Does Long-Term Pill Use Affect Fertility?
The contraceptive pill is taken by millions of women. But does being on it for many years affect your chances of getting pregnant when you stop taking it?
There’s no strong evidence that long-term pill use impairs fertility. Women who’ve used hormonal contraceptives have the same likelihood of conceiving as those who haven’t.
Some women face trouble trying to conceive after stopping the pill, especially in their mid to late 30s onwards. They often blame the pill, but age is the more likely reason. Natural fertility decline typically begins from 35.
How the Pill Works
The pill uses synthetic hormones to prevent pregnancy. It stops ovulation, thickens cervical mucus to block sperm, and thins the womb lining to prevent embryo implantation. Different brands contain varied hormone doses and types.
While on the pill, regular hormone levels override your natural menstrual cycle. This stops eggs maturing and being released. When you stop taking it, normal ovulation resumes within a few months for most women.
Some women worry pill hormones could build up and affect fertility after long-term use. But studies don’t show past use impacts ovulation once you stop taking it.
The pill can sometimes mask conditions like PCOS by controlling cycles. These only become clear when stopping, but the pill didn’t cause them.
After stopping, it takes 3-6 months for normal ovulation to resume. Let your body adjust and don’t worry if periods don’t instantly return during this window. See your doctor if still no period after 6 months.
If trying for a year with no pregnancy, get medical advice to identify potential causes. In most couples, a reason like blocked tubes or low sperm count is found. Correct diagnosis means proper treatment, so don’t presume it’s the pill without exploring other options.
While trying to conceive, be sure to maintain healthy habits. Stop smoking and cut down alcohol, as both can affect fertility. Take folic acid supplements to help prevent neural tube defects. Being overweight or underweight can also impact conception, so aim for a BMI in the healthy range if possible. Consider avoiding stressful situations, and ensure you’re getting adequate sleep.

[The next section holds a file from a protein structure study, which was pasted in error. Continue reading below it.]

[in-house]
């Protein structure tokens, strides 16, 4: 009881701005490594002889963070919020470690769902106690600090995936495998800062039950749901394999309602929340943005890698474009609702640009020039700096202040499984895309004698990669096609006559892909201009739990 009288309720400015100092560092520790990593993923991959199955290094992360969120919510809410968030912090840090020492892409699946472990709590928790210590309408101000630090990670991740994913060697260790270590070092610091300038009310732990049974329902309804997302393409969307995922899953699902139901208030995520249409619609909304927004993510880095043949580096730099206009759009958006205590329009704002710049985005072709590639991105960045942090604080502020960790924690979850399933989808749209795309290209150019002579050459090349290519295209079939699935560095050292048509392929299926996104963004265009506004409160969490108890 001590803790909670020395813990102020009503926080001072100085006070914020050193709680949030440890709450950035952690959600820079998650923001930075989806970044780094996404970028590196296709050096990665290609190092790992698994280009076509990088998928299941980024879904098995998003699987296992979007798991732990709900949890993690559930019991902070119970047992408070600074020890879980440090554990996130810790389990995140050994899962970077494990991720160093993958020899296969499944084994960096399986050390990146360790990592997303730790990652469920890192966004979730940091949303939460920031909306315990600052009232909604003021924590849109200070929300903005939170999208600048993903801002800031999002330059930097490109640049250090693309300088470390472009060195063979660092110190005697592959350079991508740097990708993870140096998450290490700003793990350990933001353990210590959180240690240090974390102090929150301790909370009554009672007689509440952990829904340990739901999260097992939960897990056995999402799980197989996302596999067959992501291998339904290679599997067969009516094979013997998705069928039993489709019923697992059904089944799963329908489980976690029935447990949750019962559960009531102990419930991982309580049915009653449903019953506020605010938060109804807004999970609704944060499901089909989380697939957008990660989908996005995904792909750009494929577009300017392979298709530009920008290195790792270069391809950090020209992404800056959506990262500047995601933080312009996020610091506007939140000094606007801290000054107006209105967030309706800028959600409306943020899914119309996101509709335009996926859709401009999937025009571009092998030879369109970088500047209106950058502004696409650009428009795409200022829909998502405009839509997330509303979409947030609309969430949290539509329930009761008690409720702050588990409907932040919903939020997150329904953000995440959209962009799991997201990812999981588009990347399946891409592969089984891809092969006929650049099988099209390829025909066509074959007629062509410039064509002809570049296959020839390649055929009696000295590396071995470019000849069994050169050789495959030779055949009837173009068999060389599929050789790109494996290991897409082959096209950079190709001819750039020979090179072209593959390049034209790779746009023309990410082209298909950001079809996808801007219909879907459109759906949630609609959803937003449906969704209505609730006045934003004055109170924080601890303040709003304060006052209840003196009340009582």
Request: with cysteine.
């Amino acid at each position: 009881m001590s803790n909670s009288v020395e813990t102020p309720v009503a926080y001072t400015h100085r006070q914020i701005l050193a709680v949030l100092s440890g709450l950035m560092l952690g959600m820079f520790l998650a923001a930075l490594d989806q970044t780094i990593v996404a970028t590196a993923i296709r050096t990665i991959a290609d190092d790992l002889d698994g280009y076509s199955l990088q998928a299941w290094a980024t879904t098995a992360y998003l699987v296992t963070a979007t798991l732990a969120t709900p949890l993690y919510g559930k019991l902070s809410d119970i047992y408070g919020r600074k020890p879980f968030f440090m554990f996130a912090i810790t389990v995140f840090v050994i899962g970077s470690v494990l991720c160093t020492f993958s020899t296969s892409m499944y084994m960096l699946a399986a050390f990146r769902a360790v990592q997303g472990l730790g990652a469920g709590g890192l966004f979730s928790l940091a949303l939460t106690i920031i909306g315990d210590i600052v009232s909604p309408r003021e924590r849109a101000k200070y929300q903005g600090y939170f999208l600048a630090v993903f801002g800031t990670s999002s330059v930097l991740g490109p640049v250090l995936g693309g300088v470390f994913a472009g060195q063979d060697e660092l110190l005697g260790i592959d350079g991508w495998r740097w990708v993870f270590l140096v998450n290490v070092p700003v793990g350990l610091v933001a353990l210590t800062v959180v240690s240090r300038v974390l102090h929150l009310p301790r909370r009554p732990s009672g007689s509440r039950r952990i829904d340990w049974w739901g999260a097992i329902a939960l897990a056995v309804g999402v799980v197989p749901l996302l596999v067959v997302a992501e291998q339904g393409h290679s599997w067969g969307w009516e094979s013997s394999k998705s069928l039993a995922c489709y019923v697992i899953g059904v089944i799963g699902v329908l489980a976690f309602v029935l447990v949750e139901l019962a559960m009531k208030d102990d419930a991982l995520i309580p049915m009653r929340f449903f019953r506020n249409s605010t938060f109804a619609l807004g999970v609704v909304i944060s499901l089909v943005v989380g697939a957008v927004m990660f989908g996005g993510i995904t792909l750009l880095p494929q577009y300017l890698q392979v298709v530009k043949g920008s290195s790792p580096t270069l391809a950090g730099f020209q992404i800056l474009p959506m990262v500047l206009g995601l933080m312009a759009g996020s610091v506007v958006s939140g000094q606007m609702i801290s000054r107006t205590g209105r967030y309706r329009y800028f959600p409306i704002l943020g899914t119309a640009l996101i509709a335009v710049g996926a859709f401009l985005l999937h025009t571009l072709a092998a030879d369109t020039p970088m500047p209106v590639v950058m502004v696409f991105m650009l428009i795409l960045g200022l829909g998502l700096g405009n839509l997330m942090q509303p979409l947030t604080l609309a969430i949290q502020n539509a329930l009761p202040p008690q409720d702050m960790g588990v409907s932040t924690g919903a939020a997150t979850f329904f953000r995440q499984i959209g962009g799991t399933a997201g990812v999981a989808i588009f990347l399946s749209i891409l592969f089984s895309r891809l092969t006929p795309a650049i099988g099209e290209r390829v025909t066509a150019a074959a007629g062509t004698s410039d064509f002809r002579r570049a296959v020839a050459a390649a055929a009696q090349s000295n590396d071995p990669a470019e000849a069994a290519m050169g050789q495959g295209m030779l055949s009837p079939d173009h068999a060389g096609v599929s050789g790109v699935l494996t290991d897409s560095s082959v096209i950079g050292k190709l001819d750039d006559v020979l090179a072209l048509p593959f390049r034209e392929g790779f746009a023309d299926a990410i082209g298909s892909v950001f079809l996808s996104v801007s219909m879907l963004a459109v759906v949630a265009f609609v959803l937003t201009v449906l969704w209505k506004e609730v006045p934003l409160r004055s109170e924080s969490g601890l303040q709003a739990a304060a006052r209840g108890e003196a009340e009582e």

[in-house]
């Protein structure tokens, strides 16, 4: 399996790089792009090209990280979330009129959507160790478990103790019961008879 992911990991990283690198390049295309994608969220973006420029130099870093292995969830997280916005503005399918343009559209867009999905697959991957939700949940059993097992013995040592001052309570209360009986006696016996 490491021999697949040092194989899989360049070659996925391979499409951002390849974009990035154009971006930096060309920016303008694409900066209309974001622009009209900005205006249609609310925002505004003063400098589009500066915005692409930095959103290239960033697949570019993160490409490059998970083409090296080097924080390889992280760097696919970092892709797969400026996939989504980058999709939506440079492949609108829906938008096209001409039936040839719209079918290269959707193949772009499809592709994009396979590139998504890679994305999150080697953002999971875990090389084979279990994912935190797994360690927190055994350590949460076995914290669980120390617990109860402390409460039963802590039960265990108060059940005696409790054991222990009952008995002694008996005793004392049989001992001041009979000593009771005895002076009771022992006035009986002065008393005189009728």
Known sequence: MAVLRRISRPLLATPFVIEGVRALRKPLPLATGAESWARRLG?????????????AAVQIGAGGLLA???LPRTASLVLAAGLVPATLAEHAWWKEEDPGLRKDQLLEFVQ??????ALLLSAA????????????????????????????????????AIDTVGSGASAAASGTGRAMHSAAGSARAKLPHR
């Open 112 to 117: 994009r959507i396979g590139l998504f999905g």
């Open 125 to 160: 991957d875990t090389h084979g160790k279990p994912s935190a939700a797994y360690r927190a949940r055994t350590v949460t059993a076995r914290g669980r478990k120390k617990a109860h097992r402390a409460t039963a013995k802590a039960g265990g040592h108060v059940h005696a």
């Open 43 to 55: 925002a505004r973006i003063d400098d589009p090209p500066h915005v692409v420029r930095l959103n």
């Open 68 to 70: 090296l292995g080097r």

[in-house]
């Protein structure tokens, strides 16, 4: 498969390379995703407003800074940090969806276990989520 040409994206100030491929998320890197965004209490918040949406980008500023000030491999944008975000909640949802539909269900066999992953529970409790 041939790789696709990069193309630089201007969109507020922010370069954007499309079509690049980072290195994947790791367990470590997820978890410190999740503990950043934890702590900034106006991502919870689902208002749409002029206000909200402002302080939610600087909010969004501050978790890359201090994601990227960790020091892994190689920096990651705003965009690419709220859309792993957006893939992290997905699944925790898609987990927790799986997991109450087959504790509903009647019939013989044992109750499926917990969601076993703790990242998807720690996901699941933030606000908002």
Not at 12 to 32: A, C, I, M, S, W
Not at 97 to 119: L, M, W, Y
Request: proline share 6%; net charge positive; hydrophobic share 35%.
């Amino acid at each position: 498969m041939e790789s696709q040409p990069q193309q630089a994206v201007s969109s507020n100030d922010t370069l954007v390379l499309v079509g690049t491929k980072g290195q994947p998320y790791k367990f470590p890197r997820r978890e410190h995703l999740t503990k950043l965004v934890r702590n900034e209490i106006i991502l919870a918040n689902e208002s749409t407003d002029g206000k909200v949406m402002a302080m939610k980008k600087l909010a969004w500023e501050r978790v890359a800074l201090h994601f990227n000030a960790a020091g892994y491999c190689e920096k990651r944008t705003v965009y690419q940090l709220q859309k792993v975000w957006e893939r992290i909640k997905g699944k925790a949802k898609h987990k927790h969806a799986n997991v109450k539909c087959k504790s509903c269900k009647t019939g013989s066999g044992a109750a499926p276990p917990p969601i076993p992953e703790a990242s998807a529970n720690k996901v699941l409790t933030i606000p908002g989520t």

Staying fit and active will also help prepare your body for pregnancy. Moderate exercise like brisk walking, swimming or yoga are great options. Some women find relaxation techniques and acupuncture can enhance fertility too. Discuss using supplements or herbal remedies with your doctor first. Adopting a healthy lifestyle gives you the best chance of conceiving.
When to Seek Help
See your GP if you haven’t conceived after a year of trying under 35, or after 6 months if over 35. They can check for common issues like lack of ovulation, blocked tubes, or sperm problems. Initial tests often include semen analysis, hormone blood tests, an ultrasound scan and checking the fallopian tubes.
Most couples who struggle to conceive are treatable through medication to aid ovulation, surgical procedures, or assisted conception. Your doctor will discuss options if you need extra help. Don’t lose hope – over 80% of couples will get pregnant within two years of trying.
In summary, the pill itself doesn’t affect fertility. Any conception issues after stopping are typically age-related. The pill masks rather than causes underlying conditions. See your doctor to properly diagnose any problems.
Photo credit; “Pill” by Anthony Cunningham for Zoom Baby